Apple’s 15-inch MacBook Pros are undoubtedly at the top of the list for many creative professionals looking for a viable option when it comes to reliable and efficient video editing on-the-go. With increasingly impressive specs updated with every new iteration, these laptops come packed with the latest components from Intel and AMD, aiming to deliver enough power and speed required to tackle even the most demanding workflows on the fly.
With Apple having refreshed their MacBook Pros roughly every six months, including the latest top-of-the-line model with the new Vega 20 graphics processor, it’s interesting to figure out how much of a performance bump consumers should expect from each laptop in the line. Tech expert Max Yuryev seeks the answer by comparing four different 15-inch 2018 MacBook Pros, testing each machine’s editing performance inside of Final Cut Pro X.
Before looking at the test results, let’s first have a closer look at the tech built into each machine. The latest model featured in the video is an October 2018 MacBook Pro with a 2.9GHz Intel Core i9 Six-Core Processor, the new Vega 20 GPU with 4GB of VRAM, and 32GB of DDR4 Memory.
There are two other 2018 MacBook Pros used in the comparison. One of these has a 2.9GHz Intel Core i7 Six-Core processor with a Radeon 560X 4GB GPU and 32 GB of DDR4 RAM. The other MacBook runs a 2.2GHz Intel Core i7 Six-Core processor, Radeon 555X 4GB GPU, and 16GB DDR4 RAM.
The last computer used in the comparison is a 2016 MacBook Pro with 2.9 GHz Intel Core i7 Quad-Core, Radeon Pro 460 Graphics with 4GB VRAM and 16GB of DDR4 memory. Additionally, all the laptops listed above come with 512GB SSDs, all of which differ in read and write speeds due to evolving storage technologies.
Moving into the experiment, Yuryev first tested the machines by stabilizing a 20-second 4K video inside of Final Cut Pro X. Compared to the 2016 MacBook Pro, the Vega 20 machine cut processing time in half. The time saved with the Vega 20 laptop, though, can be easily neglected when compared to the other 2018 MacBook Pros.
The next test involved rendering out a 5-minute 4K H.264 project with two LUTs and Film Grain applied. Once again, the Vega 20 model ended up as the fastest machine in terms of render time, however, only barely so compared to the 555X and 560X variants. Surprisingly the 2016 model was able to outperform the 555X machine.
Another test was conducted with similar project specifications. This time around Yuryev took 8-bit 4K footage using the HEVC codec, rather than H.264. Overall, all the 2018 MacBook Pros performed relatively the same to one another, with the Vega 20 machine being slightly faster. On the other hand, the older 2016 MacBook Pro was left behind in the races due to the lack of native support of HEVC.
As a bonus test, Yuryev tried to test out editing and rendering 4K 60fps HEVC 10-bit footage from the Fujifilm X-T3. Unfortunately, Apple’s machines – including its highest-end Vega 20-equipped laptop – doesn’t support proper hardware encoding for HDR video. This limitation led to significantly poor rendering times of almost 4 hours for a 5 minute 10-bit clip. With these results, the HEVC 10-bit codec only faired worse on older machines.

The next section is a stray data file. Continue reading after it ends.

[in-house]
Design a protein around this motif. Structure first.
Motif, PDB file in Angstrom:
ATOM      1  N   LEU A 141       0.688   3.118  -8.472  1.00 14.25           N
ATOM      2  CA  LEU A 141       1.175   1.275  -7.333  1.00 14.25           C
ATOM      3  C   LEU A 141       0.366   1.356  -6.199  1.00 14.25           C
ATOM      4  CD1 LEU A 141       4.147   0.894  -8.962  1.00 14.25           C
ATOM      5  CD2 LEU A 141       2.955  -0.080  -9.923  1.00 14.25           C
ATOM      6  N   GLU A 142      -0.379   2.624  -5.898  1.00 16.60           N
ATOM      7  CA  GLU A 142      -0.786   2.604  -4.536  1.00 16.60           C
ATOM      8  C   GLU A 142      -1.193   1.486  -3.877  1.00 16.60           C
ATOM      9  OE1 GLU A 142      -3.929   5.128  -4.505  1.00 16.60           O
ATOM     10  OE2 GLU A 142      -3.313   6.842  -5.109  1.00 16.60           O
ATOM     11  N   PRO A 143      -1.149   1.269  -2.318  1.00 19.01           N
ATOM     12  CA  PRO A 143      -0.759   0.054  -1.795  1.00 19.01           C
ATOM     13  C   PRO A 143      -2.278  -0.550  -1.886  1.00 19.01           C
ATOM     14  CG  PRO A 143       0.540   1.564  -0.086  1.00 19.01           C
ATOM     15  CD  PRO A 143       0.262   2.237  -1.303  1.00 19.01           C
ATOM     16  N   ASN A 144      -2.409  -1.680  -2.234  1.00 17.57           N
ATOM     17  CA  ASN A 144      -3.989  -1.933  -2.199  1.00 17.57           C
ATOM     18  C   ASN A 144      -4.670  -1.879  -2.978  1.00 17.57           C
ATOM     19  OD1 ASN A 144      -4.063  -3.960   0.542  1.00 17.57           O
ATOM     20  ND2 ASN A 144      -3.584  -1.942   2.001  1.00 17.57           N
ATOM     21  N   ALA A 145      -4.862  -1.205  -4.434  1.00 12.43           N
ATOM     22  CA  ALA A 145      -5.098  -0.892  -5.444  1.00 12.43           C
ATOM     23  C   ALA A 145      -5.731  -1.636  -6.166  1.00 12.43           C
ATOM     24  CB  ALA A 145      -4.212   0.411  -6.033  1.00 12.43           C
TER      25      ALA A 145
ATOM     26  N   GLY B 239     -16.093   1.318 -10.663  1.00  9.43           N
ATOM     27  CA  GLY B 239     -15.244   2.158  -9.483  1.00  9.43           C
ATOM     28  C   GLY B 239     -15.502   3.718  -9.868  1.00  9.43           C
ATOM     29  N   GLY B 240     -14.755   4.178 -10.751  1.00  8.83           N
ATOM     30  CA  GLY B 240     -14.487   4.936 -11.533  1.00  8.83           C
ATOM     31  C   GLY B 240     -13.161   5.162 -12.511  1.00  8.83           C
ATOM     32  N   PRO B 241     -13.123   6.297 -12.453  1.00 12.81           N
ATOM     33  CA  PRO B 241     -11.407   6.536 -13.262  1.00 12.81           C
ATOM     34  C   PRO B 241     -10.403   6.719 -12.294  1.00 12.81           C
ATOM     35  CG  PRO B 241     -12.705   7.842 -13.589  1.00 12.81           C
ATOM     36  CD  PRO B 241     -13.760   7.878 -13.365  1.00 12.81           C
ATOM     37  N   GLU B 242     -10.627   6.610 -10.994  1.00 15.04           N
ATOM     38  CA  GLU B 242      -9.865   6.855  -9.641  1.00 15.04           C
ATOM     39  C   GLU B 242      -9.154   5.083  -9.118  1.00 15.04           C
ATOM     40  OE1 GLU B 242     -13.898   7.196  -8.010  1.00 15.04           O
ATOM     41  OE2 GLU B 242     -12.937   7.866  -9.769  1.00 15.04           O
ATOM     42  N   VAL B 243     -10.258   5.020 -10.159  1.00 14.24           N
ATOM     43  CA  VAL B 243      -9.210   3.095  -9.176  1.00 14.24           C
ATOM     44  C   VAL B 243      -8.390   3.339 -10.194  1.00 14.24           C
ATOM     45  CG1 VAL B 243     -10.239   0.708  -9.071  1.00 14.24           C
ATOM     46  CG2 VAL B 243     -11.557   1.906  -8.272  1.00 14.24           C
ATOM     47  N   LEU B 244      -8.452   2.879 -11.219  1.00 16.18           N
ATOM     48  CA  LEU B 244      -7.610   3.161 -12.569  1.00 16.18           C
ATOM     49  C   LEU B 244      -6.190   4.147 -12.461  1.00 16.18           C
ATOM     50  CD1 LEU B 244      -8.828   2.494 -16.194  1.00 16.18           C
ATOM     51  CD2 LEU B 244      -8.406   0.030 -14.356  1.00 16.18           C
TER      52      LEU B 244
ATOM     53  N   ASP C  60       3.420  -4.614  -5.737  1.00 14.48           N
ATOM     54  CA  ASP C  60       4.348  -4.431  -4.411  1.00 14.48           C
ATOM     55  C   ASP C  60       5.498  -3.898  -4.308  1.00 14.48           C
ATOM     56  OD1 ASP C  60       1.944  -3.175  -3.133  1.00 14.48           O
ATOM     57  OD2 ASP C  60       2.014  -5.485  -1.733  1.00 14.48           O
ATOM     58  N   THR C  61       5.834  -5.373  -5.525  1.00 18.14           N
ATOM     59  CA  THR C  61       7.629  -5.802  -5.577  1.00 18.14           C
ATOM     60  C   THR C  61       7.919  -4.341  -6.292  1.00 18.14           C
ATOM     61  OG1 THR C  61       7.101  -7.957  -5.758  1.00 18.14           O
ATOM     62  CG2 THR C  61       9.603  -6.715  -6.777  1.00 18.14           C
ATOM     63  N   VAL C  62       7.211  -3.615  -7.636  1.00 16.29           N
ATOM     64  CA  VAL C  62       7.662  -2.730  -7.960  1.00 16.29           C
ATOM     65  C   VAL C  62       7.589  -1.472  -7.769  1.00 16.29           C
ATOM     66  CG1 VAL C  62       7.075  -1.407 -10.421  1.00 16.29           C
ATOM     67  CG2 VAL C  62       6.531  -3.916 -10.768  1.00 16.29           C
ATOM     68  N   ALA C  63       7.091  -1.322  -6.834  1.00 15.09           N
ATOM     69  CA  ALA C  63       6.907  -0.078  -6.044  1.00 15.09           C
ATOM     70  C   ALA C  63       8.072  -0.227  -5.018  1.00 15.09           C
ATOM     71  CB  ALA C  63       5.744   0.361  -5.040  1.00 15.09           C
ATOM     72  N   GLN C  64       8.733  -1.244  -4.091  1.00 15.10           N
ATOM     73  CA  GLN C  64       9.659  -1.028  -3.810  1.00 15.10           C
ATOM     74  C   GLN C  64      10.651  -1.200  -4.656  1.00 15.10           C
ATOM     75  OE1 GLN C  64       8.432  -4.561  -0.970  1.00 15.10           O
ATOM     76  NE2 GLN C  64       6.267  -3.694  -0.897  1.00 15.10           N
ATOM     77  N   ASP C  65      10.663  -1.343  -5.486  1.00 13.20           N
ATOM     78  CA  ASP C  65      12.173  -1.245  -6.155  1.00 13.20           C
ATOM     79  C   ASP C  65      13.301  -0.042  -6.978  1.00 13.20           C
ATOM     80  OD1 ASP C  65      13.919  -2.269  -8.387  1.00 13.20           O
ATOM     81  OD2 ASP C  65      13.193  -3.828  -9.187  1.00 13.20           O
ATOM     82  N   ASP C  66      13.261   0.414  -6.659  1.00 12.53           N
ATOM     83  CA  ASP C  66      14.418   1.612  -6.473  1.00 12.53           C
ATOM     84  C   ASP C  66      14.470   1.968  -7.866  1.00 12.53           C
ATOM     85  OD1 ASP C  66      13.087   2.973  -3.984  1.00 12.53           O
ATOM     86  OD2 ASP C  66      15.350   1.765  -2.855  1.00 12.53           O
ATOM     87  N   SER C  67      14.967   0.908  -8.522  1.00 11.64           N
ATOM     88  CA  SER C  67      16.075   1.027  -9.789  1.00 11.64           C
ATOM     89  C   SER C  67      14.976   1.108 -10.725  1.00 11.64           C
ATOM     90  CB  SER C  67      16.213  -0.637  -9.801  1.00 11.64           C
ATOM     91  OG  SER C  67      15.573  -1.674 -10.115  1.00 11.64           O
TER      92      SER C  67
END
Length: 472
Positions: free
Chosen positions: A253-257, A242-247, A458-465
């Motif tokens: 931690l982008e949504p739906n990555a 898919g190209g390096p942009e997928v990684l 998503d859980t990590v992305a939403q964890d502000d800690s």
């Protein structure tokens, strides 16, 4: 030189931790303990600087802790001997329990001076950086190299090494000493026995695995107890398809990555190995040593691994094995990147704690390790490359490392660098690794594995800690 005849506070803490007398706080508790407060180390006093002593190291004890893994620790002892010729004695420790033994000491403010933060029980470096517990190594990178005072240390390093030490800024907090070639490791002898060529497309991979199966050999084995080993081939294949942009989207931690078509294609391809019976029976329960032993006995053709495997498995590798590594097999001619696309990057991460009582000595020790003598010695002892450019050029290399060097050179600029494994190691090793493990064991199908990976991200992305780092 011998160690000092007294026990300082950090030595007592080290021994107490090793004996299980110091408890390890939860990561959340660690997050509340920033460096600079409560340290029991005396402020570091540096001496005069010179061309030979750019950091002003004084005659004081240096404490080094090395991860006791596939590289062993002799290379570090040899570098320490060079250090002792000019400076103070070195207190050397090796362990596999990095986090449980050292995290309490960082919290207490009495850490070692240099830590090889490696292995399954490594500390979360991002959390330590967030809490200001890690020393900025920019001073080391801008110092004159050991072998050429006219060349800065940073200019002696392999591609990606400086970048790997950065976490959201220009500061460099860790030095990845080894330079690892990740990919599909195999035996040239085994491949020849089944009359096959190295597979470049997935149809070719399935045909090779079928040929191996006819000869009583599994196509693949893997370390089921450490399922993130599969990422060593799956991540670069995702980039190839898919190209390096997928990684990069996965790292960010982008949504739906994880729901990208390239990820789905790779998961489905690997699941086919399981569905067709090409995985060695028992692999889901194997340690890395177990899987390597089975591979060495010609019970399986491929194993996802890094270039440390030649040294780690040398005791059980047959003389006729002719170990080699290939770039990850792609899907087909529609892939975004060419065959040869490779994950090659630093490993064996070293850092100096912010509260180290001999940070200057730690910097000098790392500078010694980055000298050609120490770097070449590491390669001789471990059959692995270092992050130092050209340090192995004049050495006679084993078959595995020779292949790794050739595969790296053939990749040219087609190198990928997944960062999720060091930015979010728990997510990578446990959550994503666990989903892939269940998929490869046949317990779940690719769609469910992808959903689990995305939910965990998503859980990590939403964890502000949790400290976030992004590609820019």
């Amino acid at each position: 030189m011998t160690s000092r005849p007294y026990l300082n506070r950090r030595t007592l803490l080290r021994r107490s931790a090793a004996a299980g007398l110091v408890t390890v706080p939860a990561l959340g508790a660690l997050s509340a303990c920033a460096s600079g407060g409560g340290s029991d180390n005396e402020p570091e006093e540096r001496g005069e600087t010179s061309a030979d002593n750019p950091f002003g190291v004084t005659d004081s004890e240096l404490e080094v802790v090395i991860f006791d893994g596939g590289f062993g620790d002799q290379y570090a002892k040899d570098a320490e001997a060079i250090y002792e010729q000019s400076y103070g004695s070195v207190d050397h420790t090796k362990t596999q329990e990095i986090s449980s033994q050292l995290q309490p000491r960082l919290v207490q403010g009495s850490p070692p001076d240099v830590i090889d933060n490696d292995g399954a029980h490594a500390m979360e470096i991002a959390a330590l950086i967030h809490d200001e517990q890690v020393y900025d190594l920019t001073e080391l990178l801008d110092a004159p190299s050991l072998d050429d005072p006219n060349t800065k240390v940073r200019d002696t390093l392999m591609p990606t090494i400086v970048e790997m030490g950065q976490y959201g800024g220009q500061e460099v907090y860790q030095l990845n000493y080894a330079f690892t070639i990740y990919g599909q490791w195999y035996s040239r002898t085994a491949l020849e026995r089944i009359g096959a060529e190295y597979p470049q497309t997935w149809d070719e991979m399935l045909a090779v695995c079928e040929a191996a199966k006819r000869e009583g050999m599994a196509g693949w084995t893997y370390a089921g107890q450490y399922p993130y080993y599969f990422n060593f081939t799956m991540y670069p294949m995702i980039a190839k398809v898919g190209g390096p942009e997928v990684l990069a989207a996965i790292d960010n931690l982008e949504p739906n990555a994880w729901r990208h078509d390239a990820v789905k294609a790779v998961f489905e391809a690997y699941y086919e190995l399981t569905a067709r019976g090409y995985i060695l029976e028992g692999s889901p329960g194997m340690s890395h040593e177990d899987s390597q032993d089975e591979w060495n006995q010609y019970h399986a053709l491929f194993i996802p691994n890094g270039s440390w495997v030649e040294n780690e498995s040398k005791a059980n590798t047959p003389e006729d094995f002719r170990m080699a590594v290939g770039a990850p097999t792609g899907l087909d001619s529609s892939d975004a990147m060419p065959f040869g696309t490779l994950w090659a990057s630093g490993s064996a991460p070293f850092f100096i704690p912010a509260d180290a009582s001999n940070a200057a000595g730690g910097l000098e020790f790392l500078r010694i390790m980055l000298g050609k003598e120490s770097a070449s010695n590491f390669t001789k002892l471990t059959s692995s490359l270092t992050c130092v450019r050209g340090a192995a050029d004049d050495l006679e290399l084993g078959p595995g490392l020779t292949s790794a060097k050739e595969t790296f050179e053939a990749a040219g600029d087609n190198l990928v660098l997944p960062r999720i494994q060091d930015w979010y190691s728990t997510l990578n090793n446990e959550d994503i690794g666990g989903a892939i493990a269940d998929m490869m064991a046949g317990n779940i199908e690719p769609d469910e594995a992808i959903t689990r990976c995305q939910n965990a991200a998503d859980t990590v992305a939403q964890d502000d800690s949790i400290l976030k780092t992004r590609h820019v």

As a side note, Yuryev pointed out that this limitation only appears when doing a final render. When rendering the timeline itself, the Vega 20 machine could properly playback the footage with no dropped frames. Furthermore, the Vega 20 laptop worked seamlessly when processing rendering 8-bit footage as opposed to 10-bit.
Transitioning to more taxing codecs, such as ProRes and different versions of RAW, a pattern emerged between all the systems tested. Each project for the remainder of the test were 5-minute timelines exporting from 4K to H.264, varying in the codec used.
When testing each machine using ProRes RAW, once again, there wasn’t a significant improvement between the Vega 20 laptop versus the 560X unit. Furthermore, while the 2018 55X and 2016 460 GPU machines were slightly slower, all computers performed comparably. However, when exporting to ProRes 422 instead of H.264, the Vega 20 laptop surpassed significantly the 2016 and 2018 MacBook Pro models in render times.
Looking at C200 RAW footage, there does seem to be a larger discrepancy between the machines. The Vega 20 computer produced the lowest rendering time among the laptops, clocking in at 13 minutes.
The other 2018 MacBook Pros came in at around 24 and 18 minutes for the 555X and 560X models respectively. As for the 2016 MacBook Pro, it again outperformed the baseline 2018 model with a render time of 21 minutes – quite impressive result for a two-year-old laptop.
Finally, Yuryev rendered out a project using RED RAW footage, shot in 4.5K rather than 4K. To no one’s surprise, the Vega 20 turned out to be the fastest machine out of the group, though not much faster than the 560X-equipped 2018 MacBook Pro. Meanwhile, the 555X MacBook Pro and the 2016 model came in with render times of 11 minutes and 16 minutes respectively.
It is also worth mentioning that when playing back the RED RAW footage, the 2016 model struggled significantly compared to the 2018 computers. Again, this was attributed to the fact that the newer laptops have processors built with better support for RAW codecs.
In the end, you may be wondering which laptop to buy? If you’re a video editor who needs the absolute best-performing laptop to keep up with heavy production workflows, you may consider investing in the Vega 20-equipped 2018 MacBook Pro. For those tackling lighter video editing projects with ample post-production timeframes, even a baseline model 2018 MacBook Pro will be sufficient.
Ultimately, if you have a 2016 or 2017 15-inch MacBook Pro, an upgrade is not exactly necessary unless you’re starting to work with system-intensive codecs like any form of RAW, or the new HEVC H.265 codec which is increasingly becoming a standard for consumer video these days.